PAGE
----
The Islamic State has claimed responsibility for a planned attack Friday night by gunmen and bombers that killed more than 120 people and injured many others at various locations across Paris. French President Francois Hollande has called the assault an act of war against France, and the country has declared a state of emergency.

In February 1996, on a Sunday evening, I was sitting in the living room of the parish in London in which I served, with a couple of the other priests. We were watching television, having a beer, relaxing after a busy weekend.

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Suddenly, and quite clearly, we heard an explosion, or at least something that sounded like an explosion. None of us had ever actually heard a bomb go off.

Later, we heard on the news that an IRA operative had scored what the English wittily call an “own goal” — his bomb had prematurely exploded on a London double-decker bus — from New Cross, not far from my parish.

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Jump forward to last year when Prince Charles, the heir to the British throne, in a remarkable display of the “stiff upper lip,” shook hands with Martin McGuiness, the deputy First Minister of the Northern Ireland Assembly and a former member of the IRA, which blew up Charles’ beloved mentor, Lord Louis Mountbatten.

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It is commonly understood and accepted, by the chattering classes, that “yesterday’s terrorist is today’s government leader,” and there is much truth to that statement.

Think of McGuiness, so many others — even, it has to be said, Nelson Mandela. The Northern Ireland Agreement; the peace accord between the Spanish government and the terror group ETA; negotiations between the ANC and the South African government — all of these depended on a dialogue based at least in part on compromise, territorial and cultural ambitions that had to be brokered, and, in the end, some kind of reason.

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ISIS, al Qaeda, Boko Haram or any number of the examples of Islamic extremism spreading across the globe unfortunately fail to fit any of those categories, least of all the use of reason. Islamic violence, which is, as the leading Catholic scholar of Islam, the Egyptian Jesuit the Rev. Samir Khalil Samir, has pointed out, a “legitimate” understanding of both the Koran and the teachings of the prophet Mohammed — this cannot be reasoned with, negotiated with nor even engaged in dialogue.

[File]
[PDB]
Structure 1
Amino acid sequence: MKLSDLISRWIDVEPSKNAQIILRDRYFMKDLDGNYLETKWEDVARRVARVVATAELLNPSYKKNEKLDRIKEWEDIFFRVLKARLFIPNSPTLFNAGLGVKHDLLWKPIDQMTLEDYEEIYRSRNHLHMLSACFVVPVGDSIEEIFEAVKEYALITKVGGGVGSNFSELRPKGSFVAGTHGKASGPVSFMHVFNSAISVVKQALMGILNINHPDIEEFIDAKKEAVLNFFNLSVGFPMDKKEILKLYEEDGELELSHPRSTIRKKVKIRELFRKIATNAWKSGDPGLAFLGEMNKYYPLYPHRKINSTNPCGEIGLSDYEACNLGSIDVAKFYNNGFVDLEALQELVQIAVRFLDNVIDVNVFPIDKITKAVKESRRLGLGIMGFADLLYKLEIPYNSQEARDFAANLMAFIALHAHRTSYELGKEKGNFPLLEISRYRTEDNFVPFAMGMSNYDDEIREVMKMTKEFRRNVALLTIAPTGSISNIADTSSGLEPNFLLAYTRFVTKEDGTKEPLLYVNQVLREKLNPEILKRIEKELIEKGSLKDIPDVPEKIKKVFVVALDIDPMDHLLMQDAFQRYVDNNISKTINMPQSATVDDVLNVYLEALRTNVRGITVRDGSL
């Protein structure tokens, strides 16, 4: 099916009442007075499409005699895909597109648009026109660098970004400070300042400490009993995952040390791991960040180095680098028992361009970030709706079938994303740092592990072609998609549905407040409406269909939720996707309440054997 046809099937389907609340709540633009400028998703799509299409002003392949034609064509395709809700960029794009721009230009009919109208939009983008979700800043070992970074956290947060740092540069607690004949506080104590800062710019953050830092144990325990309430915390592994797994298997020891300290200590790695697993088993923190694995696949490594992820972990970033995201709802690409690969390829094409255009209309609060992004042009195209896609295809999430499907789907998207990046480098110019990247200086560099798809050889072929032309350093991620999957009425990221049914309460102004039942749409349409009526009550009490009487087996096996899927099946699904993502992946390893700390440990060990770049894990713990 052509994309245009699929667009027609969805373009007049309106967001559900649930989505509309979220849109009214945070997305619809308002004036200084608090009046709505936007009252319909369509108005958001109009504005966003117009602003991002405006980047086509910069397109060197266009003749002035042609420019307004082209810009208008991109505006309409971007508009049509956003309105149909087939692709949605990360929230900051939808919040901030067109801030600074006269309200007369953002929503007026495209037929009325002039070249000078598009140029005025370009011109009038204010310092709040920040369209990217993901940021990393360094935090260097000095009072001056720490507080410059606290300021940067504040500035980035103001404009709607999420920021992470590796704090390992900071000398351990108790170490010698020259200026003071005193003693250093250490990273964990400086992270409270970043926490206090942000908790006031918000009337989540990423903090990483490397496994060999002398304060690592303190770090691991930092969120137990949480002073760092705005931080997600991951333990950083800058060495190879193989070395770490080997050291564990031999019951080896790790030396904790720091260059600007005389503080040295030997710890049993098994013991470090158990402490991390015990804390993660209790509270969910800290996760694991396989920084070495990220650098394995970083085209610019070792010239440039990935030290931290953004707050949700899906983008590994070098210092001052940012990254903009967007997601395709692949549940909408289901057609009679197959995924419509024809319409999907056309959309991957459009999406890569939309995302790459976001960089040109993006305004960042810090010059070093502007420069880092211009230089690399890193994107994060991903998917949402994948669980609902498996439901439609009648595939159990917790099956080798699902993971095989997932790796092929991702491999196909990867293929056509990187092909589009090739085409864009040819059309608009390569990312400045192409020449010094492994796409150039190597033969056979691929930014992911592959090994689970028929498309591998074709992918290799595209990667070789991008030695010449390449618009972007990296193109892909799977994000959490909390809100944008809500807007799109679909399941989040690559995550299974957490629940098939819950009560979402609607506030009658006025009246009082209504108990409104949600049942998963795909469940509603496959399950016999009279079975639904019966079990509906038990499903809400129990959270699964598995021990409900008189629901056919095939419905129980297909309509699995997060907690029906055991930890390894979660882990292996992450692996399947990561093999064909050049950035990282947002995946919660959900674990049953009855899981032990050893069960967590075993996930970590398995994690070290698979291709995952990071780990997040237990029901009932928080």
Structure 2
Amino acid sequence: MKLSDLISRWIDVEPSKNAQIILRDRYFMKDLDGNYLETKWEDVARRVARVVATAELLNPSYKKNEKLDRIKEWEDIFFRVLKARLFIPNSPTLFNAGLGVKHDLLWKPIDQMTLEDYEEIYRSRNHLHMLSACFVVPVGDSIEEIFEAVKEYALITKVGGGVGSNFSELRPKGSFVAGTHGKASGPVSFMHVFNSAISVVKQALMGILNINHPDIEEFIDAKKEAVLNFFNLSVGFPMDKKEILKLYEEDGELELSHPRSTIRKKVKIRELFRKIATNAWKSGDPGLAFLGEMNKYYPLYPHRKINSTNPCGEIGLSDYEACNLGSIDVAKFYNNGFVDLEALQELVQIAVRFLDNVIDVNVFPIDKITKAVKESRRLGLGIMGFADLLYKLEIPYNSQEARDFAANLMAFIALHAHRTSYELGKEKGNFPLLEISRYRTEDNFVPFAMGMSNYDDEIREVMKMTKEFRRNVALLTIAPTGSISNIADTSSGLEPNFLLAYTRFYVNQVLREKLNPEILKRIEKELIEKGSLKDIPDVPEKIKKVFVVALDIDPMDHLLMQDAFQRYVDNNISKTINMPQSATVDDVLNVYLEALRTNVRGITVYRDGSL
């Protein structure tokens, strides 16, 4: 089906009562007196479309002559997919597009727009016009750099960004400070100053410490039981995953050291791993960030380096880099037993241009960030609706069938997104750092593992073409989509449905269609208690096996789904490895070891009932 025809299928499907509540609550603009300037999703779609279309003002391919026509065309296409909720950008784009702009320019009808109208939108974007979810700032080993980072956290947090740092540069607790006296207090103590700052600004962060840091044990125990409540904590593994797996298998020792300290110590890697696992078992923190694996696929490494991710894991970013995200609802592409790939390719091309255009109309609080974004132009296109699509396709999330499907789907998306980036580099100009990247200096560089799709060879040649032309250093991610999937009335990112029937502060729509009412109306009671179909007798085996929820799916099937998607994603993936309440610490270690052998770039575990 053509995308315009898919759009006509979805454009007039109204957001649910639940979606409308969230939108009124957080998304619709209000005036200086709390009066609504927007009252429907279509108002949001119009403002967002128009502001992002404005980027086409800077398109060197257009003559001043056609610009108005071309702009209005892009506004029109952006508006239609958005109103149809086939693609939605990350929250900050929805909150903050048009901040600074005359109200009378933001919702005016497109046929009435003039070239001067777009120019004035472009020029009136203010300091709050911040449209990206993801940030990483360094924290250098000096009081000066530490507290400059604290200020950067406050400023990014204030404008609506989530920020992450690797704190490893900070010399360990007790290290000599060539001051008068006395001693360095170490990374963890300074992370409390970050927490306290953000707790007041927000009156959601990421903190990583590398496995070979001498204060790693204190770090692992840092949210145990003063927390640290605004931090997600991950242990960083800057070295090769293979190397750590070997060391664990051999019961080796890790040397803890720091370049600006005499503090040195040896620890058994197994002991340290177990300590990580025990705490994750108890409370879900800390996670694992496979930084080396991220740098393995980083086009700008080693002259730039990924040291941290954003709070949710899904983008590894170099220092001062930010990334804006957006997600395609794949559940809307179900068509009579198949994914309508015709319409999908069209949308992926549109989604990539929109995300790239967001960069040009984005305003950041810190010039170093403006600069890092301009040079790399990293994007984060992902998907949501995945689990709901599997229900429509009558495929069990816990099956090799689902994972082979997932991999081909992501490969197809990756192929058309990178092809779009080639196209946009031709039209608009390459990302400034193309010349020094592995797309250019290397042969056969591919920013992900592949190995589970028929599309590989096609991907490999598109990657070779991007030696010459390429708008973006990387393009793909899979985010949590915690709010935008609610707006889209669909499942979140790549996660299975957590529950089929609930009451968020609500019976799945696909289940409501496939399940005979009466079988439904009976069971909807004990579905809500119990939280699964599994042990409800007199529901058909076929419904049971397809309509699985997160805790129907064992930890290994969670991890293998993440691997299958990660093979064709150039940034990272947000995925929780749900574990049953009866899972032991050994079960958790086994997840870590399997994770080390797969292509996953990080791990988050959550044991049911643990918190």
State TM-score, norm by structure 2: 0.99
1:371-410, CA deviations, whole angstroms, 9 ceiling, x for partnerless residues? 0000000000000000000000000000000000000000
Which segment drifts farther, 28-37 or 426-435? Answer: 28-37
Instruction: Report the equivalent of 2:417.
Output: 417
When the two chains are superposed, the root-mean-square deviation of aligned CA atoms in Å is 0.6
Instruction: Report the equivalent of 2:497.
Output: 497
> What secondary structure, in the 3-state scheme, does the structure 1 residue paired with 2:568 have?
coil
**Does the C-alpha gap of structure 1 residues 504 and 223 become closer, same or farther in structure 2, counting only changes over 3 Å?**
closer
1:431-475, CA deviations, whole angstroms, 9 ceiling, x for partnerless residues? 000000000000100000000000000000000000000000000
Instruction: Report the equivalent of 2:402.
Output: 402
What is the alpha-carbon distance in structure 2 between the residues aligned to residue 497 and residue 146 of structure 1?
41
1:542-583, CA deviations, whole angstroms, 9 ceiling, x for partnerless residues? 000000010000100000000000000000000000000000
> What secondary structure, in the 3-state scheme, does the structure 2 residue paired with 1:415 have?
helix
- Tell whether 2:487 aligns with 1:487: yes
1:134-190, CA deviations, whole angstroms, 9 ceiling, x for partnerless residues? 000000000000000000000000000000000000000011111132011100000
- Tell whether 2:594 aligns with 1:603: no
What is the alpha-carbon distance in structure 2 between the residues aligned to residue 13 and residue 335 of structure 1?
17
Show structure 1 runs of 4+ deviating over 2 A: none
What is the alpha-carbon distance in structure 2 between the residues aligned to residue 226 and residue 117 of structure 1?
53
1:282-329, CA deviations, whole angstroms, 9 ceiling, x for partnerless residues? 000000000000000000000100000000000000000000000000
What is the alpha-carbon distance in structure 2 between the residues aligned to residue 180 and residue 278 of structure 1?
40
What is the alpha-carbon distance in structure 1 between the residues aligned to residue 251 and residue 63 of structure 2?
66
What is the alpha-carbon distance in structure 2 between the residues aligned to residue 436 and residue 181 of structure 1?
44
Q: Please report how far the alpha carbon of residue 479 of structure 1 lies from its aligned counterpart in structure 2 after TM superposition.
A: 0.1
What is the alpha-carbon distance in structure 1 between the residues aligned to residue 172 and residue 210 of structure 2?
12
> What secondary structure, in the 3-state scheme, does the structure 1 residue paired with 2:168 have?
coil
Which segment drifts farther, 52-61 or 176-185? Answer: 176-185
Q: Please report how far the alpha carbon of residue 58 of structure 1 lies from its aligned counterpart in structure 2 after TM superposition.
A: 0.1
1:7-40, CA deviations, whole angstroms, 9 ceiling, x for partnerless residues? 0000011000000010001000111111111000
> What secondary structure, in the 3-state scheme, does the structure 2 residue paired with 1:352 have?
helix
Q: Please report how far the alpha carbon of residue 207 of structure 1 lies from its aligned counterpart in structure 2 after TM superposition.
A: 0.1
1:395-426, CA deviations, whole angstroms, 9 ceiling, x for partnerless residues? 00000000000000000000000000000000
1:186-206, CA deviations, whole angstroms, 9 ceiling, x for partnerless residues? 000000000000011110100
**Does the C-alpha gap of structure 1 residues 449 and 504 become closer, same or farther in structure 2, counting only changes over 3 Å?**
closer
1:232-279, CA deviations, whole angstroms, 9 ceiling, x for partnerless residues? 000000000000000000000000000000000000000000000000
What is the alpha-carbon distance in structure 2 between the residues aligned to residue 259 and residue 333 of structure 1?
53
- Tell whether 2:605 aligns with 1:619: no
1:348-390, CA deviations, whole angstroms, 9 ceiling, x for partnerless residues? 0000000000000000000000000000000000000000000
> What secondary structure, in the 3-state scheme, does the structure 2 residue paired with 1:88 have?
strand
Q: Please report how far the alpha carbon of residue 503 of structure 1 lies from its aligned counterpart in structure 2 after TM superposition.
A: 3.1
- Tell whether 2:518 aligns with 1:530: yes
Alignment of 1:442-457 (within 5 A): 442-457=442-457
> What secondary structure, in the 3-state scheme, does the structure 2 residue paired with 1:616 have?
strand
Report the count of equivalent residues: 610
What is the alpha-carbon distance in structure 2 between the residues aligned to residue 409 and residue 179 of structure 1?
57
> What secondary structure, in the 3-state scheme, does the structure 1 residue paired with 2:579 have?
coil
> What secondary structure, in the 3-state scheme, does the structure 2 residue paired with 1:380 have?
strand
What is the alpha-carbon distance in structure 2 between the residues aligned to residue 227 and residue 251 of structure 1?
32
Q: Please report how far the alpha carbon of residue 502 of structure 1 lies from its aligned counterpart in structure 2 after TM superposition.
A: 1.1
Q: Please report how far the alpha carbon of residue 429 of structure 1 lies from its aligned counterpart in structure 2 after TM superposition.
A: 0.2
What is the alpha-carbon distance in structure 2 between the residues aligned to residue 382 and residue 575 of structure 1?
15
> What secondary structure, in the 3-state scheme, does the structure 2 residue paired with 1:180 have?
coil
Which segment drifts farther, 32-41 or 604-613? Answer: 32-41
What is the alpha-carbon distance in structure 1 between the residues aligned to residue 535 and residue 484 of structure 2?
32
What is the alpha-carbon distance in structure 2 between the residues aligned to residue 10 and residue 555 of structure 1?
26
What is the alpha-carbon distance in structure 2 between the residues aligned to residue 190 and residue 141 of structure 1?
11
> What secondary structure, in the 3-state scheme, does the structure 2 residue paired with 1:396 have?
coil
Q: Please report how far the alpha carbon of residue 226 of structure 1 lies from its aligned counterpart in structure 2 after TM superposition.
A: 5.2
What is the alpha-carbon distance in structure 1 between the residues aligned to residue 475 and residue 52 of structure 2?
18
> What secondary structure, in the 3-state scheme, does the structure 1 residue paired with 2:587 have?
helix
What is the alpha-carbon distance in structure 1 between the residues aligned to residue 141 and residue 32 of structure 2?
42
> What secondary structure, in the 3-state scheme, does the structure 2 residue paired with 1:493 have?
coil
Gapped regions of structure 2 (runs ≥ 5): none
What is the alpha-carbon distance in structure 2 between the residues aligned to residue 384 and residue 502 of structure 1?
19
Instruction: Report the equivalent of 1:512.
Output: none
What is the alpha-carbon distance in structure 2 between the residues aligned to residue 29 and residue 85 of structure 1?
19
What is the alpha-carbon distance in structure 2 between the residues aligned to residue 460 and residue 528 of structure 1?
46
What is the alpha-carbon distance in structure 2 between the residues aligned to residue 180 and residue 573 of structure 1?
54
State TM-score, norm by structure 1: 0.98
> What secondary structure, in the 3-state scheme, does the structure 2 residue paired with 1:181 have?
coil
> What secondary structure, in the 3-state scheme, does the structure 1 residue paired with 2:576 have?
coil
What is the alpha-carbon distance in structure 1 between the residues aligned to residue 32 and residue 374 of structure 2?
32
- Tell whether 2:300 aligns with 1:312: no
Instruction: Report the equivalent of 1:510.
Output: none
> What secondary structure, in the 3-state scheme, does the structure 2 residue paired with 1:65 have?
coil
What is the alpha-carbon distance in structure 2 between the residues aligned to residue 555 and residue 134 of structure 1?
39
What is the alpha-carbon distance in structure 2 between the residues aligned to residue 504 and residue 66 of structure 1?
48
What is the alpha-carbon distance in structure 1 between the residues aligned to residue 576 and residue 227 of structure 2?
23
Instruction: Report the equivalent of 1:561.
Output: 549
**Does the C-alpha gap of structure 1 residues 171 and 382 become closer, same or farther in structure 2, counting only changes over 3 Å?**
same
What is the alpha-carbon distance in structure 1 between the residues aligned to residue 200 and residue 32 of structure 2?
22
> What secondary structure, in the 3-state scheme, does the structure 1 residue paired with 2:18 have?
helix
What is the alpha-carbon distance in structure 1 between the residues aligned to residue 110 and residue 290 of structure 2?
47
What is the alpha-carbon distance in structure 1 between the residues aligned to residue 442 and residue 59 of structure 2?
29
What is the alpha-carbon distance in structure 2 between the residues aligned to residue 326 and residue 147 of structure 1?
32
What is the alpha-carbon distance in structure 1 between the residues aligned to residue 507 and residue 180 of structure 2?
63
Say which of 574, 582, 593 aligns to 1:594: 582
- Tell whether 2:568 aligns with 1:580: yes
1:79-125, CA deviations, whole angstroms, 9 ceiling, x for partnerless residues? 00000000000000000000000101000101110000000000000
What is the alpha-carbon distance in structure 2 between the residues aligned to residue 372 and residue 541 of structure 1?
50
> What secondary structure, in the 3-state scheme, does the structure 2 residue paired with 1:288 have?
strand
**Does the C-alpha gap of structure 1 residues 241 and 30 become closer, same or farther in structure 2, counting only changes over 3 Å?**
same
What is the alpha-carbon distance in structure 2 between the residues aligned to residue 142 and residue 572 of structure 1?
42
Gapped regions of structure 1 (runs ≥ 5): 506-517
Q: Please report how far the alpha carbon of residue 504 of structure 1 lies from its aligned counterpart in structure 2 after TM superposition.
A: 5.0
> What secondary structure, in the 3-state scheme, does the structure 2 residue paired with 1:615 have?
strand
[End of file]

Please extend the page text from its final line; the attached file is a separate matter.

The only dialogue this widely popular understanding of the tenets of the prophet accept — what was offered to the Christians of Mosul whom I met in Iraq earlier this year — is “convert or die.”

The secular West, and the elites who control government, media and academia, especially in Europe and increasingly so here in the United States, simply cannot comprehend the danger of militant Islam. One almost feels sorry for them.

I am reminded of hearing recently of the Archbishop of Canterbury talking about the power of sitting opposite a member of ISIS and engaging in dialogue — presumably over a lovely cup of Earl Gray tea and a piece of Dundee cake. Sadly, by the time the archbishop’s lips reached the cup, his head would be rolling across the floor of Lambeth Palace.

This is about religion. It is about a clash, both of civilizations and cultures.

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But the secular mindset, which finds religion, especially Christianity — “those people who cling to their guns and their religion” — incomprehensible, cannot see this as an apocalyptic death cult. This is certainly what ISIS is, and it will not respond to reason, debate, dialogue — or tea.

Western civilization must remember and value its past, and stop apologizing for it. We must demand those who wish to emigrate, or find shelter in the West, willingly embrace the Christian basis of society and assimilate. They must fight with great power and sacrifice to at least quell, as we have done in the past, the forces of Islamic extremism, or the West, as we have known it, is finished.

Father Benedict Kiely is a Catholic priest and founder of, which is helping the persecuted Christians of the Middle East.